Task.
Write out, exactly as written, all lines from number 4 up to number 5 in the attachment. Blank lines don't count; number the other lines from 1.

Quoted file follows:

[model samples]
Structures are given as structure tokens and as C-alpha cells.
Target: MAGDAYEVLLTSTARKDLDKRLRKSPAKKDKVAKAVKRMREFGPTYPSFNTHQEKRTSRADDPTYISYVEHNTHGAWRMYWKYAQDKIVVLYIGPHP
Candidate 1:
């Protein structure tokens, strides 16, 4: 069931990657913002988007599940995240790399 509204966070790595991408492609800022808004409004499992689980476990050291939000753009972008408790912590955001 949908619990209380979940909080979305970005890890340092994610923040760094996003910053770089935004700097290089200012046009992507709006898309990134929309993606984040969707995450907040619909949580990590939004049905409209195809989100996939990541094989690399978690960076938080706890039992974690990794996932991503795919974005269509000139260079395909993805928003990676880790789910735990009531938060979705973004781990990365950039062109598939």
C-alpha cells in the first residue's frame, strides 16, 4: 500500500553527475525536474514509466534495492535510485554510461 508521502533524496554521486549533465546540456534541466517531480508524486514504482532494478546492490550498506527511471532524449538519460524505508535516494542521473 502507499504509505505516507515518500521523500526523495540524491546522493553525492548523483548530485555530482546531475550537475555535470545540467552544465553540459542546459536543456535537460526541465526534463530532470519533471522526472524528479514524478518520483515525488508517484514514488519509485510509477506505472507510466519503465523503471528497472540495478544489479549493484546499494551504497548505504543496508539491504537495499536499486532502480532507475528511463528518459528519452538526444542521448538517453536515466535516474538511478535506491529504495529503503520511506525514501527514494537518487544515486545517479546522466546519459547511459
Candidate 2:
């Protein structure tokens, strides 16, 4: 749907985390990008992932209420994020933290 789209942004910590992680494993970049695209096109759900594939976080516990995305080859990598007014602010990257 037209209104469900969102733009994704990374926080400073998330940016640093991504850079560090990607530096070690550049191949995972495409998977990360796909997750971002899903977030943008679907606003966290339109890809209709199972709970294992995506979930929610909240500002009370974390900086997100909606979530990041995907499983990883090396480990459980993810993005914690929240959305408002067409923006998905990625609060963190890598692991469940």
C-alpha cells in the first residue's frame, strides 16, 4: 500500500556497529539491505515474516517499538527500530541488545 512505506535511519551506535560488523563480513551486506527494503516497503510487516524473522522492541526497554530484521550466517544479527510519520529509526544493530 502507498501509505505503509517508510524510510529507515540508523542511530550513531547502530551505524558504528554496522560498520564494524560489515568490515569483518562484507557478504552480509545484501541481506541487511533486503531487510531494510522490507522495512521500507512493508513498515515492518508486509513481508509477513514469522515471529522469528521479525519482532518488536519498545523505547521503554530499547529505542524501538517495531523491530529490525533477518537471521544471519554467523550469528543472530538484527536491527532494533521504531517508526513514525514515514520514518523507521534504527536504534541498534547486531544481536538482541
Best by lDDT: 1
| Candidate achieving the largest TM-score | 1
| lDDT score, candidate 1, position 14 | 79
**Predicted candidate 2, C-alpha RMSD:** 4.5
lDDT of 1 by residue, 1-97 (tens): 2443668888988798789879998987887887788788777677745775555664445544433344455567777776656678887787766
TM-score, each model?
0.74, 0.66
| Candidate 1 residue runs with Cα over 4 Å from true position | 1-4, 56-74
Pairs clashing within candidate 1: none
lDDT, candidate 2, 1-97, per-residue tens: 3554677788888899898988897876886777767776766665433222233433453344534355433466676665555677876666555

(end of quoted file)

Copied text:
Candidate 1:
């Protein structure tokens, strides 16, 4: 069931990657913002988007599940995240790399 509204966070790595991408492609800022808004409004499992689980476990050291939000753009972008408790912590955001 949908619990209380979940909080979305970005890890340092994610923040760094996003910053770089935004700097290089200012046009992507709006898309990134929309993606984040969707995450907040619909949580990590939004049905409209195809989100996939990541094989690399978690960076938080706890039992974690990794996932991503795919974005269509000139260079395909993805928003990676880790789910735990009531938060979705973004781990990365950039062109598939």